4. Qatar Bans Crypto Trading. While many governments around the world have a more friendly outlook towards cryptocurrencies, Qatar, a Middle Eastern country on the Arabian peninsula, is reported to have banned cryptocurrency trading. According to The Block on Jan. 6th, the Qatar Financial Centre (QFC) Regulatory Authority announced that “virtual asset services may not be conducted in or from the QFC at this time” (Khatri, “Qatar bans crypto trading-report”).
Qatar is not the only country that has banned the trading of cryptocurrencies such as bitcoin. Other countries such as Egypt, Pakistan, and Morocco have also banned crypto trading. However, these countries constitute a small minority and that the majority of nations around the world allow its citizens to trade cryptocurrencies.
5. Crypto Prices Increase Across the Board. Since Tuesday Jan. 7th, the crypto market has seen a steady increase in the price of major cryptocurrencies, such as Bitcoin ($8,350, +8%), Ethereum ($145, +6%), and EOS ($2.90, +8%). With the increased fears of a potential US-Iran military conflict in addition to other economic concerns, investors may potentially be moving their wealth into cryptocurrencies to hedge heading into uncertain economic times in 2020. One thing to be cautious about concerning the increase in price is that the Chinese New Year is right around the corner and that is when many Chinese will liquidate their crypto holdings to finance their festivities and money exchange customs.
The increased price of cryptocurrencies comes at a needed time when many throughout the cryptocurrency space have capitulated. Ranging from Twitter and social media personalities who have covered particular cryptocurrencies walking away from their channels to miners turning off their unprofitable operations, many in the crypto space have pointed to the fact that there is much depression and fear. Hopefully, this strong start to 2020 is able to be sustained throughout the year and that more funding is poured into this space. There are exciting developments afoot and I remain optimistic to see what unfolds in terms of blockchain solutions to scalability, social media, user experience, and data monetization.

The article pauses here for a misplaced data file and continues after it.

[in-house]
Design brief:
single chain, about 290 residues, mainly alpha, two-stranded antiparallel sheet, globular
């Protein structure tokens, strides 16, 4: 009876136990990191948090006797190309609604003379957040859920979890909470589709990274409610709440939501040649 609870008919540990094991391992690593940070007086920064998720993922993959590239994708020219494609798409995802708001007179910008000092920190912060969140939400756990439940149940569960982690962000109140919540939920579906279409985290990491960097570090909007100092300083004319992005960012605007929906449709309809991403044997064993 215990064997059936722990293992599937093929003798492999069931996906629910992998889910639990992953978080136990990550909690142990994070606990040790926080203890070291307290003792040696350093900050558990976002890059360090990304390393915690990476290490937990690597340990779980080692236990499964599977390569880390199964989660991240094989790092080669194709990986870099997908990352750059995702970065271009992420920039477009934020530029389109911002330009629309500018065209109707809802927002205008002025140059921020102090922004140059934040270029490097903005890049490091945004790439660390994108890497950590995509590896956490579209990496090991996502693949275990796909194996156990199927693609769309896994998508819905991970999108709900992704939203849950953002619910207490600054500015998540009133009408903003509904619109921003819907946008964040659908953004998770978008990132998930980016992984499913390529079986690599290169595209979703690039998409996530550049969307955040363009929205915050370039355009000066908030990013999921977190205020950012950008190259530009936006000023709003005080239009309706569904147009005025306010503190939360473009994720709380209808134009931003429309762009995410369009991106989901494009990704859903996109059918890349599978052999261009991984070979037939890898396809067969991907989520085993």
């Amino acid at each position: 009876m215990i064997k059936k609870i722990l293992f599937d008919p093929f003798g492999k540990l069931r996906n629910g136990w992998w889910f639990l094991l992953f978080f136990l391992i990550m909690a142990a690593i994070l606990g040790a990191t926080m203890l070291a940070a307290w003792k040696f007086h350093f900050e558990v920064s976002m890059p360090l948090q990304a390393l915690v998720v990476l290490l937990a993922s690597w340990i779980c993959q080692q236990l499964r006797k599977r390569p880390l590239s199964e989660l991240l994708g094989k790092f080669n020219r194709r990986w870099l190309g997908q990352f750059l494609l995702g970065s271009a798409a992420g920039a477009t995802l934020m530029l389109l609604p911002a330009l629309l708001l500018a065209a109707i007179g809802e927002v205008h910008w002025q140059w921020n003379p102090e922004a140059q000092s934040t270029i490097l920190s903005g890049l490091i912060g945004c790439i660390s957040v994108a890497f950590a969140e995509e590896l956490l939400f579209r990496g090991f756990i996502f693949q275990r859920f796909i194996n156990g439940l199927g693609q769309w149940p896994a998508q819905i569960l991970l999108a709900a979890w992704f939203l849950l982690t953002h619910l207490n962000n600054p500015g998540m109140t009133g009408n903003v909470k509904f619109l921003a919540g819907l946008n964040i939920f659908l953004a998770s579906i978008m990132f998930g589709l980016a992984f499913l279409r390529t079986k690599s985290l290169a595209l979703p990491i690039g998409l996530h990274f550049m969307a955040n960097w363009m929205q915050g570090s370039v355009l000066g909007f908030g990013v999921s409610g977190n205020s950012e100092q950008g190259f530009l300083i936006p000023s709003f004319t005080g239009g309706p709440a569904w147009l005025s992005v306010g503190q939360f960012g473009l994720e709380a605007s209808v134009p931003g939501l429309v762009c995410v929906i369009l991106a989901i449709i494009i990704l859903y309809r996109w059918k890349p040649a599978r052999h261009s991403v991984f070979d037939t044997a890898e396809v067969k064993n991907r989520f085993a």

6. US State Governments begin to use Blockchain for Voting Elections. A state delegate prefiled a bill in Virginia’s General Assembly to be heard on Jan.8th to request funding for a study into blockchain-based elections. Other States such as West Virginia, Colorado, and Utah have participated in blockchain-supported voting elections since 2018. The use-cases for blockchain technologies is expanding and to potentially include future federal and state elections would allow for protection against voter fraud
It is interesting to hear that the State of Virginia is potentially interested in adopting blockchain technologies for their elections. Block.one, the parent company of the EOSio source code, has recently invested millions of dollars to construct their new headquarters in Northern Virginia, outside of Washington D.C. In addition, Dan Larimer, the CTO of Block.one, has hinted that EOS could host a decentralized social media application where US citizens would be able to authentically vote in elections. I will be following the updates on this issue of blockchain voting because it could be the gateway for US citizens to participate in other local, state, and federal activities, such as paying taxes, receiving welfare benefits, or filling out the census.
Disclaimer: KJ Kingsley is not a financial advisor and holds the digital tokens or cryptocurrencies represented in the content above. This content is for informational purposes only, you should not construe any such information or other material as legal, tax, investment, financial, or other advice. Nothing contained in this post constitutes a solicitation, recommendation, endorsement, or offer by myself to buy or sell any securities or other financial instruments in this or in any other jurisdiction in which such solicitation or offer would be unlawful under the securities laws of such jurisdiction. The opinions expressed in this publication are those of the author. They do not purport to reflect the opinions or views of any of the author’s employers.